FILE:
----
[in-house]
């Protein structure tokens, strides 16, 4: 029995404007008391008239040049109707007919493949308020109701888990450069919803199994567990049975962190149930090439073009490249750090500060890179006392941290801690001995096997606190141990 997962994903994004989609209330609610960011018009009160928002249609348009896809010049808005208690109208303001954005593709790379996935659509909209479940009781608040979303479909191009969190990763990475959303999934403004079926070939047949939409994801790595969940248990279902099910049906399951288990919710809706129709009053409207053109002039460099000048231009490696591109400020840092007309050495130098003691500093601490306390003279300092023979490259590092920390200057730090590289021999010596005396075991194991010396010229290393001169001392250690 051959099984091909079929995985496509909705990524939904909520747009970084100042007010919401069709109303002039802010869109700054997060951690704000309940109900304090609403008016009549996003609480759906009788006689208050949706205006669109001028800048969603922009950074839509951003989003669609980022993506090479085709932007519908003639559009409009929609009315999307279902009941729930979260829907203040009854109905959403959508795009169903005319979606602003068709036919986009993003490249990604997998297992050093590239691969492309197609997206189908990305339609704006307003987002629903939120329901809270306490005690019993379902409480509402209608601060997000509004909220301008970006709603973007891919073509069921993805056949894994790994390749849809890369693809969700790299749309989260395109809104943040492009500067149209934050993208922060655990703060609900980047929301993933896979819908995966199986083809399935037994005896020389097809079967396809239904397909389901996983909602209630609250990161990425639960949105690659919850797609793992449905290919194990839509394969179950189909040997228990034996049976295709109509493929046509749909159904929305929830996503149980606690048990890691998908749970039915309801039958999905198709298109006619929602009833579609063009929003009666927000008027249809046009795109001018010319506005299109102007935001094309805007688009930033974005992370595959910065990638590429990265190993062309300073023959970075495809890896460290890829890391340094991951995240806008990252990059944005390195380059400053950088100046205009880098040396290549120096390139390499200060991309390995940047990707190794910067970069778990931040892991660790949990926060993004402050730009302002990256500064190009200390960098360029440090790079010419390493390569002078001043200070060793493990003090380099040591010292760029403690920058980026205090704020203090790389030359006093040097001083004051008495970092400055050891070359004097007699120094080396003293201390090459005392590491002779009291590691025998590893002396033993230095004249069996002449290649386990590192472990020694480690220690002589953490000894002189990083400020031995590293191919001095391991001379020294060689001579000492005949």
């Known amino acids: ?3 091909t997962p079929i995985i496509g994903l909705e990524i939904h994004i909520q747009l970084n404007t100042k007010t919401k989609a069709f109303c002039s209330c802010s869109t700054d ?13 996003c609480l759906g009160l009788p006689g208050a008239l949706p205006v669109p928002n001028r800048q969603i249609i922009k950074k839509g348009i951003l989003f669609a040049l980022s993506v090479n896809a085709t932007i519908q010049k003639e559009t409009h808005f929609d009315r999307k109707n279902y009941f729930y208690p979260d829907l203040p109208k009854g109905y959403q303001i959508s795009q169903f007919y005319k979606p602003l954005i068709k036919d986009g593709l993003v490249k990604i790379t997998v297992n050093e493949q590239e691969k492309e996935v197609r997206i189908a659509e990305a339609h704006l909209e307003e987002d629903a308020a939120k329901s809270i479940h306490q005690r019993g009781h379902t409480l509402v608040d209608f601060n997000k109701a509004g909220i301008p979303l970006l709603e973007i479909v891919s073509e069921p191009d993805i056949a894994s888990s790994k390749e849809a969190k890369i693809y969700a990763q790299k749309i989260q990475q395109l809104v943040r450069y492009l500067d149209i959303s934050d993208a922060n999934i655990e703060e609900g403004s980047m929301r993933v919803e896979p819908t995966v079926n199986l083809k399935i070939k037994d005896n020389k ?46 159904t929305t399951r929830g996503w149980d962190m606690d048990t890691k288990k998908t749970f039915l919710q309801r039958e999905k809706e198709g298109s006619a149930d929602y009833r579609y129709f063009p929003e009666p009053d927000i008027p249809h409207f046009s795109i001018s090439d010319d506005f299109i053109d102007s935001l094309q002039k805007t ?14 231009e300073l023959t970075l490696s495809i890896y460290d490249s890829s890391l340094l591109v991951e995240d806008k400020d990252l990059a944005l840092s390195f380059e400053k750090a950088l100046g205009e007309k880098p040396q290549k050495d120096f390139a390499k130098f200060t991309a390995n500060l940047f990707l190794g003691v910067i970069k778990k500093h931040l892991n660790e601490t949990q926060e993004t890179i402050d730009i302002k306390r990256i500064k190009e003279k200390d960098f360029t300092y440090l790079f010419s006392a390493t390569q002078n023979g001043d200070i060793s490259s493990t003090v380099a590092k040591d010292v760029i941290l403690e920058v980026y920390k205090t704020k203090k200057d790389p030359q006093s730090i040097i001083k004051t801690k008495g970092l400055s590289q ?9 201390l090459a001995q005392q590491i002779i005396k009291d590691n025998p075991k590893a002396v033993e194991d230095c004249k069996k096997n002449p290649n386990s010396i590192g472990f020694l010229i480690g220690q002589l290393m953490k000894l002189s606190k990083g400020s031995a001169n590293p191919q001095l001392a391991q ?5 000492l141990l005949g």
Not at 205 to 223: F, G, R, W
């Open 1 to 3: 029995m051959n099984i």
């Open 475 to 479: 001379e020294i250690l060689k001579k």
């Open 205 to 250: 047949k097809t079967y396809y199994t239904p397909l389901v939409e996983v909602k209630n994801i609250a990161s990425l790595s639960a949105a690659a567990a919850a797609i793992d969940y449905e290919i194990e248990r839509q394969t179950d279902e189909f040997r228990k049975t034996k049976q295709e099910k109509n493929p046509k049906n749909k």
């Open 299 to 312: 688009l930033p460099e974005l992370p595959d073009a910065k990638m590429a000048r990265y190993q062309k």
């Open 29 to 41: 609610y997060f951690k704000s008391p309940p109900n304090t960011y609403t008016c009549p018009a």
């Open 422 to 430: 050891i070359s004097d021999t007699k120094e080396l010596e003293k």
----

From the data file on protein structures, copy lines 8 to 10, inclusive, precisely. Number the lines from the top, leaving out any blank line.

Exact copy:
């Open 299 to 312: 688009l930033p460099e974005l992370p595959d073009a910065k990638m590429a000048r990265y190993q062309k």
């Open 29 to 41: 609610y997060f951690k704000s008391p309940p109900n304090t960011y609403t008016c009549p018009a």
């Open 422 to 430: 050891i070359s004097d021999t007699k120094e080396l010596e003293k």